Chinchilla’s hidden secret, there are lots of accommodation options available for church camps, but one hidden secret is Clover Hill Ranch at Chinchilla. The ranch is set in the beautiful Australian outback with rambling creeks and billabongs surrounded by endless bushland. The options are never ending with canoeing, team games and exercises, cultural trails and tours. Farm visits and long walks are just some of the things you & your group can experience.
Think of puddles, ropes, mud, tyres, lateral thinking, eucalyptus trees and a lazy creek. Put it all together and you get the Coolibah Challenge at Chinchilla, one of the first Project Adventure Australia Centres in Queensland. Put on your lateral thinking hat, plan ahead and book your spot to celebrate the 2002 Year of the Outback. It is the brainwave of Ivan and Valerie Hewett involved with youth for over 20 years, who on looking out into their 50 acres of land knew there was something additional to be done while growing flowers and breeding Boer goats. They wanted to provide a space where groups could gather and have fun while at the same time develop their personalities and their awareness of the importance of thinking of others. But it is not only the children and the youth who are challenged at Coolibah.
“After many years with the district Scouting and churched based activities we saw the outcomes from emergent and cooperative leadership through having fun and learning, so decided to diversify from farming life and offer a place for school groups, youth camps, corporate groups and volunteers no matter what age”. “
Recently, this year Queensland has played host to a meeting of Uniting Church, Presbytery Officers with representatives from Presbyteries throughout Australia gathering to talk about the future direction of the Uniting Church at the James Byrnes Centre – Toowoomba. The Presbytery Officers coordinated by Rev Allan Kuchler, visited Clover Hill Ranch for a day.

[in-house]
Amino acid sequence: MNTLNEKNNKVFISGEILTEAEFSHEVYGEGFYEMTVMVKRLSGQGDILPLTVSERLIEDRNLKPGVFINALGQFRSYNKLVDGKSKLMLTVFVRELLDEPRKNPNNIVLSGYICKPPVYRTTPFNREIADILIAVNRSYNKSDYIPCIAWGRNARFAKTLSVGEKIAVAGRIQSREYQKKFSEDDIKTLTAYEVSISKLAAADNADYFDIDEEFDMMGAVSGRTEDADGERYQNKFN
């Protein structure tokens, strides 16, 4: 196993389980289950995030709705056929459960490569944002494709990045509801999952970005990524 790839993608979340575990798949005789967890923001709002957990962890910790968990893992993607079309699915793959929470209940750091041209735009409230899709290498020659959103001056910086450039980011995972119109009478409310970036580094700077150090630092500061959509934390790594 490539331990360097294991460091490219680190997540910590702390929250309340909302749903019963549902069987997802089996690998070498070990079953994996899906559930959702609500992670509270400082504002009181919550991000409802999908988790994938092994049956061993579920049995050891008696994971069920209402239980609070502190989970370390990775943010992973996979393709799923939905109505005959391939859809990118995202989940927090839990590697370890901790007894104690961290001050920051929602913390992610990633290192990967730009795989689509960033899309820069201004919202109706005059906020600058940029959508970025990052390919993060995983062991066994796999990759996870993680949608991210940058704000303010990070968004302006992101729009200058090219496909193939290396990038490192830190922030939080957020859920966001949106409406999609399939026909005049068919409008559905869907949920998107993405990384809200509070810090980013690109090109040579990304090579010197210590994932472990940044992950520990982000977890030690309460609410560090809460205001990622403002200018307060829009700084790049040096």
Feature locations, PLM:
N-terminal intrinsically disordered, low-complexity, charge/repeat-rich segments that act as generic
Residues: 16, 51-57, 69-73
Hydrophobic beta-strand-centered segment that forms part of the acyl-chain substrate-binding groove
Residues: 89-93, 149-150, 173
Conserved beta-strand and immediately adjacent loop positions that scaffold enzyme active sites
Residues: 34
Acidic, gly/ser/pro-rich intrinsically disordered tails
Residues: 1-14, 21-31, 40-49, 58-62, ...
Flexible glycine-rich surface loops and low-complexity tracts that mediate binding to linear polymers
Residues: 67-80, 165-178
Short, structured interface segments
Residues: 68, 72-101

“It proved a great place for the Presbytery Officers to take part in team building exercises in an environment away from the centre – a time and place to learn together and have fun. A Moderator Elect (no names mentioned) however refused to enter the mud hole”.
Coolibah Challenge is an outdoor multi-site challenge area spread over 7 hectares comprising of 17 separate activity sites. These include a huge mud hole/slide (bring old clothes and expect to get muddy) a 3 part water challenge course, 3 metre high wall scaling, low ropes course and a large balancing platform.
Other onsite activities include orienteering, bush hut building, evening bonfire and goat feeding.
Ivan and Val are proud Australians.
Each of the 17 self-designed and built challenges are named in a truly dinky di manner. From the Jumbuck Water Hole to the Billabong Crossing, The Waltzing Matilda Log, the muddy water holes, the Australian Flags and the corrugated iron dining shed.
“It is a great opportunity for city youth and those further west to travel to Chinchilla and have challenging fun at a fantastic location. And of course adults can have just as much fun and are never too old to realize the importance of communication and logical thinking”.
The ranch has camping facilities and promised unlimited hot showers! For further information, contact your hosts Ivan and Val Hewett on (07) 4662 7848 or visit them on the web www.chinchilla.org.au